Lee County impact fee reductions held over, Charlotte aims to follow suit

April 3, 2015
By BBadmin7502

BY JACK SHORT – Lee County recently adopted an ordinance to amend certain impact fee collection and schedules and Charlotte County is scheduling a public hearing in order to get feedback on a similar action.

In March, 2013, Lee County commissioners reduced the rate of impact fees, which are used in Florida to fund infrastructure requirements imposed by development, from 100 percent to 20 percent. They included a sunset clause that provided the changes would be undone March 2015 if no further action was taken by the board. But the board voted last month to increase those from 20 percent to 45 percent, effective for three years, at which time they will revisit the issue.

Both ordinances reduced the collection of road, community park and regional impact fees in unincorporated Lee County (which includes Boca Grande and most of Gasparilla Island) and of school impact fees countywide.

The most recent ordinance was passed by Lee County commissioners, as was the first, in order to spur residential and commercial construction activity throughout Lee County.

Charlotte County’s proposed impact fee ordinance is similarly constructed, though for Charlotte it is part of a more austere and prolonged effort. According to their proposed ordinance, this would be an extension of a complete suspension of certain impact fees, which was first passed in 2012. It included fees for libraries, parks, law enforcement, Fire/EMS and public buildings (though, unlike Lee County, it does not include roads). Those fees were suspended entirely for a year and their suspension was renewed each year since.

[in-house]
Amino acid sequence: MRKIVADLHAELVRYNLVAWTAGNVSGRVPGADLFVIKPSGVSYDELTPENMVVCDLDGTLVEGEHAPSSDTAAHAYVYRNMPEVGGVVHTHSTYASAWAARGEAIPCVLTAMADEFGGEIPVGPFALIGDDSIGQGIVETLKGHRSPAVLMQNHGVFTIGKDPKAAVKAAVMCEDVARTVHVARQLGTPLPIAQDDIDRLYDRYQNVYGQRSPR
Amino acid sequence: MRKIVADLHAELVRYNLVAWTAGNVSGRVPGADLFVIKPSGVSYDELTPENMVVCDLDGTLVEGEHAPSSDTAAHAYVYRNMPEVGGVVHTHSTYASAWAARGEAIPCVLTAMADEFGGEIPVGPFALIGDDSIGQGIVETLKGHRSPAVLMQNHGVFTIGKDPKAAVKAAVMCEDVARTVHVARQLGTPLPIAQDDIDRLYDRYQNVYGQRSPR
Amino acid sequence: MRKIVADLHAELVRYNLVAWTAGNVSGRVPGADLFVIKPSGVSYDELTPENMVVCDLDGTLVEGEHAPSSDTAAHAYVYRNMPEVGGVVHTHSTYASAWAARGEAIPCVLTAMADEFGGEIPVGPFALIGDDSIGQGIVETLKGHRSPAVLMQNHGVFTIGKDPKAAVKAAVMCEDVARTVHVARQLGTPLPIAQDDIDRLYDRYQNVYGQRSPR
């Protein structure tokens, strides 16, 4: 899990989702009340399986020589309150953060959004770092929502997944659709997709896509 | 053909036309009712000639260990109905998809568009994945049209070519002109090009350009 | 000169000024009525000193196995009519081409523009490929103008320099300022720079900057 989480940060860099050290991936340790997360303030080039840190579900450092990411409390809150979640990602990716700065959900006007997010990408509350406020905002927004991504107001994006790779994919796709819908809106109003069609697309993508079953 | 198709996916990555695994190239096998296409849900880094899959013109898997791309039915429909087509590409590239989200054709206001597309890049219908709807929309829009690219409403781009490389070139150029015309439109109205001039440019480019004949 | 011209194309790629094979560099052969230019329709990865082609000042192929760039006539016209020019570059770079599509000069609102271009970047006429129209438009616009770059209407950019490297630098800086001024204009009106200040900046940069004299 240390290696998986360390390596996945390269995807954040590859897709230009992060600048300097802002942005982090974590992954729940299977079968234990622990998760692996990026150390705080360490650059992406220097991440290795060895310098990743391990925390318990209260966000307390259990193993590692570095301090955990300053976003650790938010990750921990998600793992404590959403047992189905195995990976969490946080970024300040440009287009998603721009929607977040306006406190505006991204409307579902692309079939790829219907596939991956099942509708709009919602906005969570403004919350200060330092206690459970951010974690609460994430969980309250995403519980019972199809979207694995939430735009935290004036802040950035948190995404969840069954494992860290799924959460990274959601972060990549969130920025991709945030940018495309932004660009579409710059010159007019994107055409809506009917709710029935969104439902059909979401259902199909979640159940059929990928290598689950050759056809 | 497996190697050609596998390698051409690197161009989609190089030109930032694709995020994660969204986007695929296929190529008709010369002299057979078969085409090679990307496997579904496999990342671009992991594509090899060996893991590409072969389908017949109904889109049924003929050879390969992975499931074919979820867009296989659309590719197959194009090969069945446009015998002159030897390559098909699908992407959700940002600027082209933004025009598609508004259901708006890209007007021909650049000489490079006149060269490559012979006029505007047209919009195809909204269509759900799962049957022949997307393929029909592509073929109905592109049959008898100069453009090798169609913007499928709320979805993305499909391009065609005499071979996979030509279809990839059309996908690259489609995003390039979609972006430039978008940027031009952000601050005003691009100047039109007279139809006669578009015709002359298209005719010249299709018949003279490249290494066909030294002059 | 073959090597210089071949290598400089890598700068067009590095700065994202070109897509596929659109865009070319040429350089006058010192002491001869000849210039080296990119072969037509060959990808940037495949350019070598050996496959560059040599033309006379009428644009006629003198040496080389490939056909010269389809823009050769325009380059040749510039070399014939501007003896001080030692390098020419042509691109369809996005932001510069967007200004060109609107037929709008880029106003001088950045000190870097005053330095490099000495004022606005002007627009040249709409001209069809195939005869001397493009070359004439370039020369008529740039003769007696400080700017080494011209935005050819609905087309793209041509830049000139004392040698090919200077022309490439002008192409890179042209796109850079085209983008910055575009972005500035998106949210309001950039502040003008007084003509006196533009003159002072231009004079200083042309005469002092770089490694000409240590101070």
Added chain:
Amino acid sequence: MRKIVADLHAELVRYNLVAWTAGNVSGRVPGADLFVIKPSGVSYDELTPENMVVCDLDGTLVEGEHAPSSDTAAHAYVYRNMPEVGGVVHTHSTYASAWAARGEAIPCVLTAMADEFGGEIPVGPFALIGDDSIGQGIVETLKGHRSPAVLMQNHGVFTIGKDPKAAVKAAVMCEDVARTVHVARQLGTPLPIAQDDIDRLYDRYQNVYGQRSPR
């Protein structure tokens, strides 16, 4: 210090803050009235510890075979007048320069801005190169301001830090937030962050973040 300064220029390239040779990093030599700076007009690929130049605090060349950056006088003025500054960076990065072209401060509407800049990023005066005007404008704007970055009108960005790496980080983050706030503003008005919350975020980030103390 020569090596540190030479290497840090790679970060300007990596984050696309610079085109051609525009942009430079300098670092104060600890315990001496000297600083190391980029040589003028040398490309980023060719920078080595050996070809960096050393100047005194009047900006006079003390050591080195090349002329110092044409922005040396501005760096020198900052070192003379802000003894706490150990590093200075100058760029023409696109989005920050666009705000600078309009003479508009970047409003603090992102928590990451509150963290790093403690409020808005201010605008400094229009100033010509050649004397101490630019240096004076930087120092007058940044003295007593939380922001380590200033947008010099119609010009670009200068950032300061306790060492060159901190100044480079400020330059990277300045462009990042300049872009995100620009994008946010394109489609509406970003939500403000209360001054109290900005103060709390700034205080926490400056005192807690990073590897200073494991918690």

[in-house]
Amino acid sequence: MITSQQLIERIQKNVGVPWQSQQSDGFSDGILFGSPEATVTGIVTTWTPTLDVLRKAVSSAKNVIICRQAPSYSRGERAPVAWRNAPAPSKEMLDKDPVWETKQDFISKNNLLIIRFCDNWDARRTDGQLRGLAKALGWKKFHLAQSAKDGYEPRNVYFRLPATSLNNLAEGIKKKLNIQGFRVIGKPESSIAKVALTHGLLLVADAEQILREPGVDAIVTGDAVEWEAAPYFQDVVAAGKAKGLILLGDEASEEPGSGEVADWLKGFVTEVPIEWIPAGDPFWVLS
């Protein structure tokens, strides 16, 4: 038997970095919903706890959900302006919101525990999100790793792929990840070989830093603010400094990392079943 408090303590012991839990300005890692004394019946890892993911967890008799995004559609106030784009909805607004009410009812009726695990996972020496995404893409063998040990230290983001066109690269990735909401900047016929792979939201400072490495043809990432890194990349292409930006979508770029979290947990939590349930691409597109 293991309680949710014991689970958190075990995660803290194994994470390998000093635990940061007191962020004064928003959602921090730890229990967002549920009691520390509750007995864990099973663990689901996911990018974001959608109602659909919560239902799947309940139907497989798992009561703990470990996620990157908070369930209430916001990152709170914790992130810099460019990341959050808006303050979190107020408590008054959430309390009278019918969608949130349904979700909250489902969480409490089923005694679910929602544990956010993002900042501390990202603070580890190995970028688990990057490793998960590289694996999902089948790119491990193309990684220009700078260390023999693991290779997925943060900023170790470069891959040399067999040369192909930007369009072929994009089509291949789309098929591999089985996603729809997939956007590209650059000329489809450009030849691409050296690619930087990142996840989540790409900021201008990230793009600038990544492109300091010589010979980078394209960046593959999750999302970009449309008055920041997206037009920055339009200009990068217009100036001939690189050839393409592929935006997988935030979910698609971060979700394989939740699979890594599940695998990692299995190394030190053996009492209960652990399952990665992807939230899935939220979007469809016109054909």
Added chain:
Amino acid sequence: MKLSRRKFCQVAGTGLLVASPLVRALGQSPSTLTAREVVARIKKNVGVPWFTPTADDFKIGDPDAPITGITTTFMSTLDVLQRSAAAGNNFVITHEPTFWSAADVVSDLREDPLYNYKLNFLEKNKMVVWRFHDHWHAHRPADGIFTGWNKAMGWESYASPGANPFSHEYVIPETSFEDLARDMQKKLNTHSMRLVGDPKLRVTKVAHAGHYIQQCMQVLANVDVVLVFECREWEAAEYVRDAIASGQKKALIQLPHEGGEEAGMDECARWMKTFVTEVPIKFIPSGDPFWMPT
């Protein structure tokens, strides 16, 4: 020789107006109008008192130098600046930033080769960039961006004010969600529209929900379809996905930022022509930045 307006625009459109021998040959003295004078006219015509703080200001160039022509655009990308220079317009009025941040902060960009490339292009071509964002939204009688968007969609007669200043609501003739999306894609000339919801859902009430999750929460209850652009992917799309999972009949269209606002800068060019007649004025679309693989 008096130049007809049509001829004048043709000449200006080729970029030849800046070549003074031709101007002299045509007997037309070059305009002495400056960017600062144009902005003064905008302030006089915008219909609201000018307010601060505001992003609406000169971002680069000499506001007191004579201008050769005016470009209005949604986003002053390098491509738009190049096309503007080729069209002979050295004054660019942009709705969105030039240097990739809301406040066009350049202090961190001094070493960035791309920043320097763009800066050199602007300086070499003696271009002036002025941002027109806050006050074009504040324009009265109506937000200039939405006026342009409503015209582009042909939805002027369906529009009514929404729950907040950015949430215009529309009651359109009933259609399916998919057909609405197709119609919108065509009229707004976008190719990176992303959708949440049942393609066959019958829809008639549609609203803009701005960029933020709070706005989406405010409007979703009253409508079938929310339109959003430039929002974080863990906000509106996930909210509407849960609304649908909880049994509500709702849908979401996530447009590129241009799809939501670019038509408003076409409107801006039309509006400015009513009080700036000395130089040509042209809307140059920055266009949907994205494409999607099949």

According to the language of the Charlotte County ordinance, “ … the board finds that the local economy in Charlotte County is still suffering from the effects of the economic downturn and wishes to stimulate the economic recovery … ”

The new sunset date set by the proposed Charlotte County ordinance would be July, 2015.

In Lee County, several groups raised objections to the ordinance before it passed. In a letter to the commissioners, Lee County School Board superintendent Joseph Burke asked commissioners to reconsider.

“We respectfully request that the impact fee remain in place until (alternative funding options) have been identified, considered and adopted,” he wrote.

Burke also said in the same letter, “The loss of impact fees will ultimately impair our ability to provide the maintenance for our buildings and technology at our schools.”

The Lee County School Board did not return requests for comment.

Charlotte County’s proposed ordinance will be put to public hearing, most likely on April 14, according to a County representative. Information about that meeting will be included in the revised agenda for the next commissioners’ meeting. That agenda should be available April 7.

Charlotte County completed an economic impact estimate for the suspension extension which concluded that, while the extension would assist developers and could increase demand for new construction, it “(might) also affect Charlotte County’s ability to compete for new businesses and residents as new development often locates in areas offering attractive public amenities … ”

The report also stated that impact fee reductions may transfer costs of development capacity needs from the developer to the public. The trade-off, according to the report, may be an increase in jobs from any new construction, and an increase in specialty and retail services for residents.